Ordinarily, when permitted and forbidden items become mixed together, depending on circumstances, the forbidden items can become batel (nullified) be-rov – when the majority of the items are permitted – or be-shishim – when the amount of permitted items is such that in a mixture the forbidden items could not be tasted, which is determined by the Sages to be when there is sixty times as much permitted material as there is forbidden material.
The Gemara on today’s daf discusses an exception to that rule, specifically that when certain objects are considered to have unique importance they cannot become nullified. We follow the opinion of Rabbi Akiva who enumerates seven such objects:
1. Egozei Perekh – Nuts from Perekh
2. Rimonei Badan – Pomegranates from Badan
3. Ḥaviyot setumot – Sealed barrels
4. Ḥilfei teradin – Beet greens
5. Kilḥei keruv – Cabbage stalks
6. Dla’at Yevanit – Grecian gourds
Rabbi Akiva adds:
7. Kikarot shel ba’al ha-bayit – Loaves of a homeowner.
The egoz (walnut) is a commonly grown nut in Israel, which grows even in the warmer parts of the country. It is not uncommon to find an egoz tree planted in the shade of a palm tree in the Jordan Valley, with the palm tree shading the egoz from the sun. There are three types of egozim that are divided based on the thickness of their shells, with egozei perekh having very thin shells. Such nuts were considered to be of the highest quality.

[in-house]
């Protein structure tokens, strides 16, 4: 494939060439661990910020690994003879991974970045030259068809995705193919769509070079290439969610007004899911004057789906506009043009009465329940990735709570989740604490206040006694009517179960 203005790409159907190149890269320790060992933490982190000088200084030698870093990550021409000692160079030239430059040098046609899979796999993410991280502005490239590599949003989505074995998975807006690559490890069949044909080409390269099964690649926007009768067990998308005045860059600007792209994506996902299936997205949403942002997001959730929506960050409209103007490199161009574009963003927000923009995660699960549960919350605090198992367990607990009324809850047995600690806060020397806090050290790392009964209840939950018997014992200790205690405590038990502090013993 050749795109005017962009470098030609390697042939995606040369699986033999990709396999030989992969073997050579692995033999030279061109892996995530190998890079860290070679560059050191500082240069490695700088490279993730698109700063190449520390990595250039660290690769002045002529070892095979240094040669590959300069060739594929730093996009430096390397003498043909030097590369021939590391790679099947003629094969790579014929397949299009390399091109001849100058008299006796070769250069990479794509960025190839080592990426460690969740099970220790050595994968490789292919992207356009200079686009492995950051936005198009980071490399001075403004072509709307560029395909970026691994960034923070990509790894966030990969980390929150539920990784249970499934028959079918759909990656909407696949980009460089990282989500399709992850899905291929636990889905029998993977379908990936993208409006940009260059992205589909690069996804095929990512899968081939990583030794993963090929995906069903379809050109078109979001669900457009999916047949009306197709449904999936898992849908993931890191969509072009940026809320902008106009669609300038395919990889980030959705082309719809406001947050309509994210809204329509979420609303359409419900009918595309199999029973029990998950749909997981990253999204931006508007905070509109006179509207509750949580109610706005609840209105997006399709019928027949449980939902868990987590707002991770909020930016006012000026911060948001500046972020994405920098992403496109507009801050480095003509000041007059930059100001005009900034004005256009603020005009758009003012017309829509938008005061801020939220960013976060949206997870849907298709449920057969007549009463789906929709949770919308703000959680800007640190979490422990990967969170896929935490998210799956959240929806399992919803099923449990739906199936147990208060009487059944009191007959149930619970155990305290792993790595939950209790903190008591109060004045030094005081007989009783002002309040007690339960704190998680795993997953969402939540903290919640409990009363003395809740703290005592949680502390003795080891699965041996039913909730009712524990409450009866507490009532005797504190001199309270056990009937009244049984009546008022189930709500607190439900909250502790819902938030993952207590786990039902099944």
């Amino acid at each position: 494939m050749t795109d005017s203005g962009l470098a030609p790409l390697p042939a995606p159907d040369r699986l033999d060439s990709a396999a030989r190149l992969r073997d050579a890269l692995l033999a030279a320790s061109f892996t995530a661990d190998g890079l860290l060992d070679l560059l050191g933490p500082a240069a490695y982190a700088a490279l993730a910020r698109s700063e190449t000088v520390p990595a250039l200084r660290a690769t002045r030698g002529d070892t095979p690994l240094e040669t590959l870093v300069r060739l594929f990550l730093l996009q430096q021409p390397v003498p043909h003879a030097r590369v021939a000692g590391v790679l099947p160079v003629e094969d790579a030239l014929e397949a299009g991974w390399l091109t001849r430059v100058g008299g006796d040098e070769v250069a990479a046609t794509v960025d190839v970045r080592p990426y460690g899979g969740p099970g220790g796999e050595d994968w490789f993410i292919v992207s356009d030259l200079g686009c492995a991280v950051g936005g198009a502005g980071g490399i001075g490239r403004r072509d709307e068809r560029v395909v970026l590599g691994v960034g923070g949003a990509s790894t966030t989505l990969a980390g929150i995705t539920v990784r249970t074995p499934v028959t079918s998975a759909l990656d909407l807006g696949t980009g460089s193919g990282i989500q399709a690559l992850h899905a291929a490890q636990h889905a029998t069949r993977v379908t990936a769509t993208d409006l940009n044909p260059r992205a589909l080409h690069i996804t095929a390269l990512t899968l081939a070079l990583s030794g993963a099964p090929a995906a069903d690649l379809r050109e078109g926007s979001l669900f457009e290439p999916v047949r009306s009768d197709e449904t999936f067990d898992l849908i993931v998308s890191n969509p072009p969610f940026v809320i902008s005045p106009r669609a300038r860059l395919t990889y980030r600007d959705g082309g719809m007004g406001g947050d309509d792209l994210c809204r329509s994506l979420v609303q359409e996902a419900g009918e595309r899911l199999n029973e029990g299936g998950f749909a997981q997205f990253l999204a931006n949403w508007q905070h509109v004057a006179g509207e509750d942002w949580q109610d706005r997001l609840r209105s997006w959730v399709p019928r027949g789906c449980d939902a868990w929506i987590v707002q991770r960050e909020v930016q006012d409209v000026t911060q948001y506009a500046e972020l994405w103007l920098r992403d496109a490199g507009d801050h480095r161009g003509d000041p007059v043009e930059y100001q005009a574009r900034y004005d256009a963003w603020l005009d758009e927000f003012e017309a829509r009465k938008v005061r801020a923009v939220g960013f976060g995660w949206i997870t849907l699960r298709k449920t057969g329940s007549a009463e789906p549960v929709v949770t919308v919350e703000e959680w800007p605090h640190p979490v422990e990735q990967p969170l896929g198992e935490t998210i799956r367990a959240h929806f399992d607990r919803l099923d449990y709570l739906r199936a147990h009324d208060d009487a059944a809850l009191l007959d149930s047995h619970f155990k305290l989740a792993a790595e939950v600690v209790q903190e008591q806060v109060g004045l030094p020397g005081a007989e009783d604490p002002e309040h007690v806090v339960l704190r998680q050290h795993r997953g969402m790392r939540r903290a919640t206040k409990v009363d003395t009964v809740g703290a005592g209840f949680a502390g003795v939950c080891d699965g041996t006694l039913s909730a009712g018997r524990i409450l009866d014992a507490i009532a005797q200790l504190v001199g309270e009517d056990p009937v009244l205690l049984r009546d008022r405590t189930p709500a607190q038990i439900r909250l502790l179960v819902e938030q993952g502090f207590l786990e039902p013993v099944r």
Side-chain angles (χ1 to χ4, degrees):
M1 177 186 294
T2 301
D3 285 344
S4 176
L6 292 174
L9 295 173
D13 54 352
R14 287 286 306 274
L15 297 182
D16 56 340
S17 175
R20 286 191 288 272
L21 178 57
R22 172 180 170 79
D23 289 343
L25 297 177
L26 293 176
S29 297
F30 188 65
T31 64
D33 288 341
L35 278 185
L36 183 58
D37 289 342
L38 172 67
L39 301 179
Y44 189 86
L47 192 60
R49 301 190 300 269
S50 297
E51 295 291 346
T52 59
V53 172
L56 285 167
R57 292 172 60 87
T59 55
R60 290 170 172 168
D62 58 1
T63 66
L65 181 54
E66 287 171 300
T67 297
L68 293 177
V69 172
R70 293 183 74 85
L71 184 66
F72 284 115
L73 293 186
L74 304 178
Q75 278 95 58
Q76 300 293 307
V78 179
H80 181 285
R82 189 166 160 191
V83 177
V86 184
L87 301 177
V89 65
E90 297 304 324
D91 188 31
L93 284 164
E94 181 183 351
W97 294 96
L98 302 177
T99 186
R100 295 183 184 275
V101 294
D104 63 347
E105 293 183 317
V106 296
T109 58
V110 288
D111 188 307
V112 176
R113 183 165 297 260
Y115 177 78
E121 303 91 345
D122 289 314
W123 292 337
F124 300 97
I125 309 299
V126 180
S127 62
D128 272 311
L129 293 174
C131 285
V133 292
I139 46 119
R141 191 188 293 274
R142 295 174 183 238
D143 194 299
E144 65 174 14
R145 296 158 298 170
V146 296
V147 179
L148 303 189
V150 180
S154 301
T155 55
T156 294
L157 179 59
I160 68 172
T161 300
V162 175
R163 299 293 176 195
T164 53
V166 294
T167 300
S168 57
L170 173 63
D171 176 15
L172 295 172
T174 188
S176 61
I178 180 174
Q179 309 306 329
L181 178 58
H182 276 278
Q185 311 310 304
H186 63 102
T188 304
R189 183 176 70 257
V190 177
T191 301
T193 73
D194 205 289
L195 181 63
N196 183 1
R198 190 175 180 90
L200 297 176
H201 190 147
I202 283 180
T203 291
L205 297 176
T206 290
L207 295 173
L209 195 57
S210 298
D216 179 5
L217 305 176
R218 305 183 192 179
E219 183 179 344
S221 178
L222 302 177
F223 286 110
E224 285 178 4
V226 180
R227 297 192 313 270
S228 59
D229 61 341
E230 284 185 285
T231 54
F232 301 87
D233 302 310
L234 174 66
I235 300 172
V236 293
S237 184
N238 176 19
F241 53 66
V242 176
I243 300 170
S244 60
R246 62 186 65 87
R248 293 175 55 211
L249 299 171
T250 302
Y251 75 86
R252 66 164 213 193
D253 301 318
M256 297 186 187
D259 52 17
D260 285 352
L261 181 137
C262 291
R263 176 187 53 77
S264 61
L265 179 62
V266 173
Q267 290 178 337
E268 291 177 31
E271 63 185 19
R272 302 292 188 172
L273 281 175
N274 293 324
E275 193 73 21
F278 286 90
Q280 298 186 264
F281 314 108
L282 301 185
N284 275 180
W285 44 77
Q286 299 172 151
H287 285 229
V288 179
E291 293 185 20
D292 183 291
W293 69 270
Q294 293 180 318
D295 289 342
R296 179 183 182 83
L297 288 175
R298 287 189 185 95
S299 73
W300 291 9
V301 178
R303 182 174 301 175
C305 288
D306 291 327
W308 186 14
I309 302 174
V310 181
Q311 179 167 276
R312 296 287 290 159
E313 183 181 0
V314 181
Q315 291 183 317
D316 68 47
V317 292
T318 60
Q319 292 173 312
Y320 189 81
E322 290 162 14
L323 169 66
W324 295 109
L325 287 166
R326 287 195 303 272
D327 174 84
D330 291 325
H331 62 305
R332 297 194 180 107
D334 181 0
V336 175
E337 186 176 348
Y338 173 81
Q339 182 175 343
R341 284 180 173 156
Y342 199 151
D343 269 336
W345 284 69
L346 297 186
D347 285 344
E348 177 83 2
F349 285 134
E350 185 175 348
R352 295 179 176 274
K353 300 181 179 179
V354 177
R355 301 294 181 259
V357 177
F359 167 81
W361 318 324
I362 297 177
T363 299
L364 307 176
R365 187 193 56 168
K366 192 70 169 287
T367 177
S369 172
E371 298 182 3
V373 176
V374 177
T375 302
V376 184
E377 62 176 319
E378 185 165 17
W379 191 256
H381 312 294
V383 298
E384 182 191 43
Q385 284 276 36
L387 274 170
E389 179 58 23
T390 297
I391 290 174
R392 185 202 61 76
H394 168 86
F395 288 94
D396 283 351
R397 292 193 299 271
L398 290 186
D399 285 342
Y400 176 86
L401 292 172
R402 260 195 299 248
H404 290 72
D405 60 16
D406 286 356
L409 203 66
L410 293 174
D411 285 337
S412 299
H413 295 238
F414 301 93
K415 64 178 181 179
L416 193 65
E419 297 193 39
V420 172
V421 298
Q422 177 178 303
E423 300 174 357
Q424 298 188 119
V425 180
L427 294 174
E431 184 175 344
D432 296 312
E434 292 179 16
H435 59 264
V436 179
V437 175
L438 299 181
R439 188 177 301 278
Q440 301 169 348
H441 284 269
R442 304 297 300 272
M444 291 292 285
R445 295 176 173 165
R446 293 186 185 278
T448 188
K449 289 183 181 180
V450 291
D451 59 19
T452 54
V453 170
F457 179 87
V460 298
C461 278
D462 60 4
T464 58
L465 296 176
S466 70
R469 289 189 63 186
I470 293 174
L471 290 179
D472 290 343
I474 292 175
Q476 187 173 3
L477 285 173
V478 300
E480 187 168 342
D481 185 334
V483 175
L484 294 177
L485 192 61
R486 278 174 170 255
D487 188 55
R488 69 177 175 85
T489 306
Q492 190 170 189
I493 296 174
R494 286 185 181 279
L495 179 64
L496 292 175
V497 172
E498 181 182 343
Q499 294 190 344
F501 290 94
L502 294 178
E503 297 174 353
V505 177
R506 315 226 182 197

The sealed barrels that are mentioned refer to casks of wine. These casks were usually made of earthenware with a stopper on top that was used to close the cask. When the cask was being moved or was going to be put into storage, the stopper was sealed with clay, which was removed when the cask was meant to be opened. Once the cask was opened, the wine would be exposed to the air and its quality would deteriorate.
It should be noted that the Rambam rules that these seven things are enumerated as examples, and that really it is those things that stand alone as important that will be granted this status based on the reality of every place and time.